Grandpa retired from the US Navy. Then he retired from the Michigan State Police. But that doesn't mean he's done retiring. Grandpa also works for something called the Naval Reserve. He doesn't do much...unless a sailor dies. When a veteran dies and the family wants a military funeral, Grandpa is assigned to help coordinate the details of all Navy funerals in the state of Michigan.
That means Grandpa knows a lot about cemeteries and who is buried in them.
I woke up in Grandpa's house to the smell of eggs and bacon. I got out of bed, got dressed, and made my morning trip to the bathroom. After washing up I followed the smell of breakfast to the kitchen. My plate was all ready. I looked down at my breakfast as it looked up at me. Grandpa had used the bacon and eggs to create a face on my plate.
"Don't just look at each other," Grandpa said. "One of you had better eat the other so we can head to Pontiac."
"Pontiac?" I said as I plucked the smile off my breakfast plate.
"We got to earn our breakfast...and pay respects to a Navy man."
"I'm going to a funeral?" I asked.
"Nosireebob," replied Grandpa. "We're running logistics at the cemetery. Young Al Boyce is handling the funeral arrangements."
"Cemetery?" I said.
"No climbing on the headstones like you did when you were four," said Grandpa, remembering.
"I don't remember," I confessed.
"After I'm dead you can read my diary. June 19, 1974. Grandson plays hop scotch over headstones...Causes mourning relatives to swap tears for laughter."
"I still don't remember," I said.
"Well..." said Grandpa. "If you do anything today to make anybody laugh or cry, write it down in your diary so you too will remember everything that counts in this world."
"Journal!" I said. "Not diary...journal!"
"Whatever," he replied as he watched me make the face on the plate disappear.
It was a little over an hour drive to Pontiac, Michigan. In case you don't know, Pontiac was not named after a car. Remember...here in Michigan we only name baby girls after cars. Pontiac was actually named after a famous Indian chief. Chief Pontiac was a Cherokee leader who helped keep the Cherokee tribes together. I have heard Grandpa say that in war and most everything else, there is strength in numbers. I'll bet Chief Pontiac believed that too.
Grandpa was all dressed up in his best Naval uniform. It made him look strong. It made him look young. When we arrived Grandpa checked in with the Cemetery management. The hole had been dug to Naval and State of Michigan regulations. He made a phone call and was assured that something called the Color Guard was on route. Other sailors in their best Naval uniforms arrived. Grandpa inspected their rifles and supplied each with one blank round of ammunition.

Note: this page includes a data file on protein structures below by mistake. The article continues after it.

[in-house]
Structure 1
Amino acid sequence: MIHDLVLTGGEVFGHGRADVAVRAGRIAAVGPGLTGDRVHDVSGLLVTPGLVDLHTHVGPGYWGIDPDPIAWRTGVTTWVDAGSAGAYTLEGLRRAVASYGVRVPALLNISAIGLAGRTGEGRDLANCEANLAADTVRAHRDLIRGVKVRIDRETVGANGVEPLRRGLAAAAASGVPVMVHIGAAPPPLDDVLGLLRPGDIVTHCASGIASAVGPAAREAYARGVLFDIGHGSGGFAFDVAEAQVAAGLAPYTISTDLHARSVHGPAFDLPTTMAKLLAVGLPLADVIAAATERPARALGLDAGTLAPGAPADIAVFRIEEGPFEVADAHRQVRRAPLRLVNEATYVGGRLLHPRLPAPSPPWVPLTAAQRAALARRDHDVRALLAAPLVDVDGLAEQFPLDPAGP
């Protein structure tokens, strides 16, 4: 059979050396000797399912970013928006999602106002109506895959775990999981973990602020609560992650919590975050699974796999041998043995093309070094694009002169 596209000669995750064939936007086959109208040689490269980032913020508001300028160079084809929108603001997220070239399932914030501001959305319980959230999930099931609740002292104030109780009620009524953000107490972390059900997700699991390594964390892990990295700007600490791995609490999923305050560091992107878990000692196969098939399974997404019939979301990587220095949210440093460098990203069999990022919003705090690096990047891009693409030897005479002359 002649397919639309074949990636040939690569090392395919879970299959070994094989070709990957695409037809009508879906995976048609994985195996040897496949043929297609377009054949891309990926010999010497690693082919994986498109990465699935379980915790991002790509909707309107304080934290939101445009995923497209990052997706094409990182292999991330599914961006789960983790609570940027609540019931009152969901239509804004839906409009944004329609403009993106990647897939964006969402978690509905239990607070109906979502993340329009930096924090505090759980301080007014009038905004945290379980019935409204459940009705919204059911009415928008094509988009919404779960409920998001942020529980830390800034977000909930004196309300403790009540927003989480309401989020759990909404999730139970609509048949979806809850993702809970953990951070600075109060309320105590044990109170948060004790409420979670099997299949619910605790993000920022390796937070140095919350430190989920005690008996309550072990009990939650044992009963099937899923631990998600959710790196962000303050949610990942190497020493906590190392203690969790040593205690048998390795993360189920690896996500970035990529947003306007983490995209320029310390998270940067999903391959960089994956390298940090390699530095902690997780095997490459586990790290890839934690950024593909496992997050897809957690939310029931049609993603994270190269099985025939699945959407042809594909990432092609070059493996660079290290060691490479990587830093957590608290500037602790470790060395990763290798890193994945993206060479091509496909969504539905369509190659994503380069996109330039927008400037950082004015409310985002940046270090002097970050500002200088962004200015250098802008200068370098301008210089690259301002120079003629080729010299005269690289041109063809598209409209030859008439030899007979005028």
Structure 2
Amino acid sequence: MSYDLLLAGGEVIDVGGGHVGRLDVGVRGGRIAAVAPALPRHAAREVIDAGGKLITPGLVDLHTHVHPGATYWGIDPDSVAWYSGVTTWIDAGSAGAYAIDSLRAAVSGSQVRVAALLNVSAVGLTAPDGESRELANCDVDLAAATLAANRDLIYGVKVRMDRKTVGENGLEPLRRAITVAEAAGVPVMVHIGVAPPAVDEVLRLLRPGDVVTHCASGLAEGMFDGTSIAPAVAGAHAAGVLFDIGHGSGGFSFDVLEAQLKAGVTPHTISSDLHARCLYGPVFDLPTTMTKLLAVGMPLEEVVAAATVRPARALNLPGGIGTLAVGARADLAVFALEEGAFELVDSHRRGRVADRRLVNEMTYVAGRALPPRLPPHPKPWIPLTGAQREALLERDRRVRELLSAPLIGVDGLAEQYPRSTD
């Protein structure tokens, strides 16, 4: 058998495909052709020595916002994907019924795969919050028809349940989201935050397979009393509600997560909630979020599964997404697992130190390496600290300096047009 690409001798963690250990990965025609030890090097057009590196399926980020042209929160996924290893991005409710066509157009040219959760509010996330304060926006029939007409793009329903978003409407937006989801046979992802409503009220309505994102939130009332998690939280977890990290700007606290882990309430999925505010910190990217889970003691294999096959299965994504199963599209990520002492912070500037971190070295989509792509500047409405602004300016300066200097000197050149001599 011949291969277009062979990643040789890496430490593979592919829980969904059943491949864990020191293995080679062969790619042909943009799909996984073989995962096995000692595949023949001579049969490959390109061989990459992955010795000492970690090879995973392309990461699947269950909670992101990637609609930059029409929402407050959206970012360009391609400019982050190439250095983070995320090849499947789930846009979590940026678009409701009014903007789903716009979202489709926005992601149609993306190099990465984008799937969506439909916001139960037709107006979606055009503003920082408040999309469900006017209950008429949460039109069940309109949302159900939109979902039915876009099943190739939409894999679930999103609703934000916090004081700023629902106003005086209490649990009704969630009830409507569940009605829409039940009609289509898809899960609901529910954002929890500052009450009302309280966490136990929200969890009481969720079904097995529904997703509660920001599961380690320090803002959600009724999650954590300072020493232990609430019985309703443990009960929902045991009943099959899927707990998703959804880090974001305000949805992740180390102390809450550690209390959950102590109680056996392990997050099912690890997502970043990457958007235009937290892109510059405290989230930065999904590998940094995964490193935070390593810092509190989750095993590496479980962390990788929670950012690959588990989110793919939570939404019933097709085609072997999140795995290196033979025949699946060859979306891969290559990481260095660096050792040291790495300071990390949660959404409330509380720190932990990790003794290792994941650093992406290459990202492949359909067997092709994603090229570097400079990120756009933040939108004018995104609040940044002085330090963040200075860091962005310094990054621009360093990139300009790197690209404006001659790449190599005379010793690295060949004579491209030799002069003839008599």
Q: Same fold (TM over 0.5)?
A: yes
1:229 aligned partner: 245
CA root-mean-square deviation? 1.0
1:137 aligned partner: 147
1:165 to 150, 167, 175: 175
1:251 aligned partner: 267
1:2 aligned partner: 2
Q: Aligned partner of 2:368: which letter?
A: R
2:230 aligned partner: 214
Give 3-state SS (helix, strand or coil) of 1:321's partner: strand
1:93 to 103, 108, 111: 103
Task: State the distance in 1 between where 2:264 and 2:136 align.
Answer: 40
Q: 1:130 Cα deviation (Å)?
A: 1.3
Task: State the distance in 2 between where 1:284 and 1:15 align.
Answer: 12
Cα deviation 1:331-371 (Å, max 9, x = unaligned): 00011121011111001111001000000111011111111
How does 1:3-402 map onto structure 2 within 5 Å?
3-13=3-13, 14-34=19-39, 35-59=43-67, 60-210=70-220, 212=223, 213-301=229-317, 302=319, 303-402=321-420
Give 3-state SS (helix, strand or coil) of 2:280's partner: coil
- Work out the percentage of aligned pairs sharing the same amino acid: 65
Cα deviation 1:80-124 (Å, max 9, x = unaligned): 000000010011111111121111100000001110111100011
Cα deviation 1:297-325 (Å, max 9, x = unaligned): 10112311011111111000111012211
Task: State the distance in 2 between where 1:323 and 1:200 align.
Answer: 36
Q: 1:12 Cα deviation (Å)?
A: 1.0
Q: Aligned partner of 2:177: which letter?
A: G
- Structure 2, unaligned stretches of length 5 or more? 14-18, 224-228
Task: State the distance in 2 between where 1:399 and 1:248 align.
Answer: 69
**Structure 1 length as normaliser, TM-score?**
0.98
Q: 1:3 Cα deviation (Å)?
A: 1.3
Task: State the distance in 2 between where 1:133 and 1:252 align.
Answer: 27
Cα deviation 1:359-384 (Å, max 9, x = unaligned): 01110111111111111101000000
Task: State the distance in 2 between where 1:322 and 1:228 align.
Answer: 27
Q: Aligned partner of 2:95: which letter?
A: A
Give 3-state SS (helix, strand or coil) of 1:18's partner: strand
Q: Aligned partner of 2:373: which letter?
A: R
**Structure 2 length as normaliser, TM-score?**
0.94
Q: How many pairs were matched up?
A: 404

A blank round means that there is no 'projectile'. But it still makes a lot of noise. After a Navy Chaplain read from the Bible, mentioned the sailor's name almost as much as he said Jesus' name, after a folded American flag was handed to a woman holding back tears...the rifles were fired.
Birds scattered from the surrounding trees at the sound of the guns. The woman with the flag watched as the birds circled the small group of mourners and then flew away.
Family and friends shook Grandpa's hand as the ceremony ended. He nodded stone-faced to each of them as they passed. Slowly the gathering of friends, relatives, and well-dressed sailors headed for their cars. I walked around from headstone to headstone. I fought the urge to hop over them. When I could, I read the names on stones and tried to imagine who they were. Some had lived for a long time. I wondered if they had kept a diary...a journal for their family to read about the little things that happened between the two dates carved in stone.
Then I came across a name I thought I recognized...Terry Sawchuck. Wasn't he a Detroit Red Wing? A goalie I think.
"Did the old Uke call you over to tell you a story?" Grandpa said as he had creeped up from behind me.
"Uke?" I asked.
"He was Ukranian...we called him Uke."
"Lots of people called Terry Sawchuck, Uke," explained Grandpa.
"Who is Terry Sawchuck?....Uke?" I asked.
"Good question...he's the reason I brought you here."
"I thought you brought me here because it's your last day of babysitting."
"I was never a very good babysitter," Grandpa admitted. "I almost left you home, but I brought you here...to introduce you."
"To Terry Sawchuck?" I asked. "Why do I feel I know him?"
Grandpa hesitated. His glass eye looked at us, me and Uke. That glass eye saw more than a cold stone and a curious boy. "I want you to meet..."
"Are you talking to me or the stone?" I asked.
Grandpa swallowed and cleared his throat. He pointed to the name carved in the stone. "You know that name...it's also carved into the Stanley Cup."
Now I was impressed. I put my hand on the stone and said, "It's an honor to meet you, Mr. Sawchuck."
Grandpa smiled. "Hear that?"
"Hear what?" I asked.
"The Uke here wants you to know...the honor is all his."